A number of projects are currently taking place as part of the development phase and consumers can expect to see products on supermarket shelves in the coming months, said Martijn Scheffers, international sales manager, Sealpac.
Close co-operation with packaging material suppliers
Speaking about ‘Innovations in TraySkin’ at Anuga FoodTec 2015, he said ‘skin’ film uses less packaging material and it is not proven that skin pack is more expensive than MAP (Modified Atmosphere Packaging).
“The first ovenable tray skin films are coming out onto the market now, but it’s still very new,” said Scheffers.
“It requires a close co-operation with packaging material suppliers, not just for the food product but for instructions on how to prepare the food, time and temperature are crucial both for the material and the product.
“We see a lot of ready meals coming onto the market, another trend is ready meals that are being packed using HPP (High Pressure Processing). We saw that first in the meat industry now it’s coming to the ready meal sector.”
According to Scheffers, benefits of tray skin packaging include reducing pack volume, which reduces volume for logistics in-house and transport, because manufacturers need less trucks to move the product.
“It allows for more space in the supermarket because it can be used in a vertical presentation giving it optimal visibility and showing something different from the product of its on shelf neighbor,” he said.
“Another benefit is shelf life extension, especially on fresh products because it uses a vacuum process. With skin in a microwave or in an oven there is no need to pierce the pack, when the first microwaveable materials came to market the consumer had to puncture holes in the top of the film.
“Half of the product was heated whereas half would remain frozen so you had to cook it twice. Skin builds up pressure and then a vent opens to let go of the pressure.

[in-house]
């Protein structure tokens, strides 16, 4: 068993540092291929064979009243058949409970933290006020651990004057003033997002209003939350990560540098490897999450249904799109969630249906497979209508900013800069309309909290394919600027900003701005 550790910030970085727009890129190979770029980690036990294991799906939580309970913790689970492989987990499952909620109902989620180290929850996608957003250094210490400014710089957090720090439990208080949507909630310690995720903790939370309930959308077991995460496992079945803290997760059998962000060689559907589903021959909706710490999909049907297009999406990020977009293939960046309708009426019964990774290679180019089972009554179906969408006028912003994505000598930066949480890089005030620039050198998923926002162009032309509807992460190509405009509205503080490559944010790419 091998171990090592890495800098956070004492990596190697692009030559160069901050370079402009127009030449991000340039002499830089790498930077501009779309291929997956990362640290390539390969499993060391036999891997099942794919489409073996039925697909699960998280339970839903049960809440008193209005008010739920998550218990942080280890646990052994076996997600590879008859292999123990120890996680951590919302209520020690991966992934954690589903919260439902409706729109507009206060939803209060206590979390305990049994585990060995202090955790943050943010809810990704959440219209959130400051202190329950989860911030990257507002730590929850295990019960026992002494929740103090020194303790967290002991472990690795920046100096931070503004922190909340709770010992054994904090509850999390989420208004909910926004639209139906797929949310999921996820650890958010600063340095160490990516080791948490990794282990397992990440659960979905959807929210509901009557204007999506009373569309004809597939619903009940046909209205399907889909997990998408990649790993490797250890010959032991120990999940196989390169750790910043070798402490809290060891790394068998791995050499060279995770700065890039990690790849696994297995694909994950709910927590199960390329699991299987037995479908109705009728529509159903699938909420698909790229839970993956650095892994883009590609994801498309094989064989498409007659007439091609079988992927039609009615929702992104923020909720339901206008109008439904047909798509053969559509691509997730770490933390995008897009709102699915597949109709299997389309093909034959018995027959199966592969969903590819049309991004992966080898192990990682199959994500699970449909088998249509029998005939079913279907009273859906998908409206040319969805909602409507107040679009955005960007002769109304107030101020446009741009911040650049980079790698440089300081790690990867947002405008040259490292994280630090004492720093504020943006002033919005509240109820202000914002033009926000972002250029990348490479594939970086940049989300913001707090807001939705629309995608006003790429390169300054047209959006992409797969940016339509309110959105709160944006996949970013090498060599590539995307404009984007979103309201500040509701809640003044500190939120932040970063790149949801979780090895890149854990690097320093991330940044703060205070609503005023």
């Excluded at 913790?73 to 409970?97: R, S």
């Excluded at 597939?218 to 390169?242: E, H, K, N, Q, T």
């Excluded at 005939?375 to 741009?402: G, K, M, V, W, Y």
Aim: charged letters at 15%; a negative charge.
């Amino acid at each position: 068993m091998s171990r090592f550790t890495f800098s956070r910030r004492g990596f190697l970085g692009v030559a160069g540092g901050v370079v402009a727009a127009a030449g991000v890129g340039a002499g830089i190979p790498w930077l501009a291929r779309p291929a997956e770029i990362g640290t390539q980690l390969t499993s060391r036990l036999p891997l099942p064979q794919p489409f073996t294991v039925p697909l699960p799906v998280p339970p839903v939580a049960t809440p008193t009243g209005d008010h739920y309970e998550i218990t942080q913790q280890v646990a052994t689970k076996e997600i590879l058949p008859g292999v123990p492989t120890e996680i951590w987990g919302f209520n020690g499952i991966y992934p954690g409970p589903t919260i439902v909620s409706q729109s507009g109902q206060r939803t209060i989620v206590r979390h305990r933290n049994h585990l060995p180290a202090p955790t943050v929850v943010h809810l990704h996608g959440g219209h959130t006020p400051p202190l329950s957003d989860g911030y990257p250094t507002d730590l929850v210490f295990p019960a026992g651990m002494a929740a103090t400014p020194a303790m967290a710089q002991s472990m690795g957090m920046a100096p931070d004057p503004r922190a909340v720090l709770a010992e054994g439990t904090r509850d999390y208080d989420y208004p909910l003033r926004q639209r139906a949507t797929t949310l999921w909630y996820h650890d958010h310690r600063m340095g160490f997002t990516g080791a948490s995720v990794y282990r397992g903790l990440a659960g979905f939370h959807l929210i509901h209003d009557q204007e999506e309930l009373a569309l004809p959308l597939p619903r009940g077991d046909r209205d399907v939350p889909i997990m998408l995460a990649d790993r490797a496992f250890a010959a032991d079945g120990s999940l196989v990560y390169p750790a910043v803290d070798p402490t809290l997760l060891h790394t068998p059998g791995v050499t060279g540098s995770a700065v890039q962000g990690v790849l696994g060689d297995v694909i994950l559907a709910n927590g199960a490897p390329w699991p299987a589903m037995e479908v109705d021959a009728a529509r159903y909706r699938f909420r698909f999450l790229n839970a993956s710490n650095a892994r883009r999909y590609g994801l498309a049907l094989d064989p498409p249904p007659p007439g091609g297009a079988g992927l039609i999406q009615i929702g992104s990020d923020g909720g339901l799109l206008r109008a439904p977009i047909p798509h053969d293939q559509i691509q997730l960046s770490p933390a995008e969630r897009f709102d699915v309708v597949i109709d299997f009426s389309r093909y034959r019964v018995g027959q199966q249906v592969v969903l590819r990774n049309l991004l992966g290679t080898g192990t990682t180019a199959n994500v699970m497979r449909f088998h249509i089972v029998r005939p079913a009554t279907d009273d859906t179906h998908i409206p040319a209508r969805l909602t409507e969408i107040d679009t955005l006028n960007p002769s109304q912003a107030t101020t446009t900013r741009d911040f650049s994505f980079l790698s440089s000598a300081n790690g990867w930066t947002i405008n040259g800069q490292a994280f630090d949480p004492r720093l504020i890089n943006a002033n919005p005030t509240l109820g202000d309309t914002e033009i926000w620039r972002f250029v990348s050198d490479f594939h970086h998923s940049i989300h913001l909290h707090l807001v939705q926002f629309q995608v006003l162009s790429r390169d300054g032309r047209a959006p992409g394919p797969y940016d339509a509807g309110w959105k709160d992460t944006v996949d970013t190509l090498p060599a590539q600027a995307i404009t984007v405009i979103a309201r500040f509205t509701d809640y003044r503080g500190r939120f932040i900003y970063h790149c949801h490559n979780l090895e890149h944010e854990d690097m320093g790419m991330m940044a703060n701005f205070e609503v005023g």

“A growing trend today is ‘no-touch cooking’, purchasing something and then eating it straight from the pack. People don’t like to touch food such as seafood, fresh poultry and meat and tend to purchase convenience products that supply a no-touch cooking potential.
“Because the skin film has a secondary seal you can create a meal as you would like to see it on your plate, nothing is more transparent than that, a lot of ready meals today with MAP are covered in a broad sleeve and a picture stored in compartments, with skin you can see the product exactly how it would look on the plate.”
Scheffers said it was seeing more demand for high protruding packs for bigger pieces of meat 90mm above the tray ledge and skin products for seafood such as herrings.
“Skin is a hot topic as a concept, not only at producer but retailer level especially in Europe. It became popular in the UK about two years ago and now it is growing in other parts of Europe as well as countries such as Australia and Japan,” he said.
“Printed skin films are also coming into development and leads to new ways how manufacturers can show their product to the customer, you can be very creative. Retailers are asking for it, producers are confronted with increased demand. It is at the beginning of its product life but it will grow further in demand.”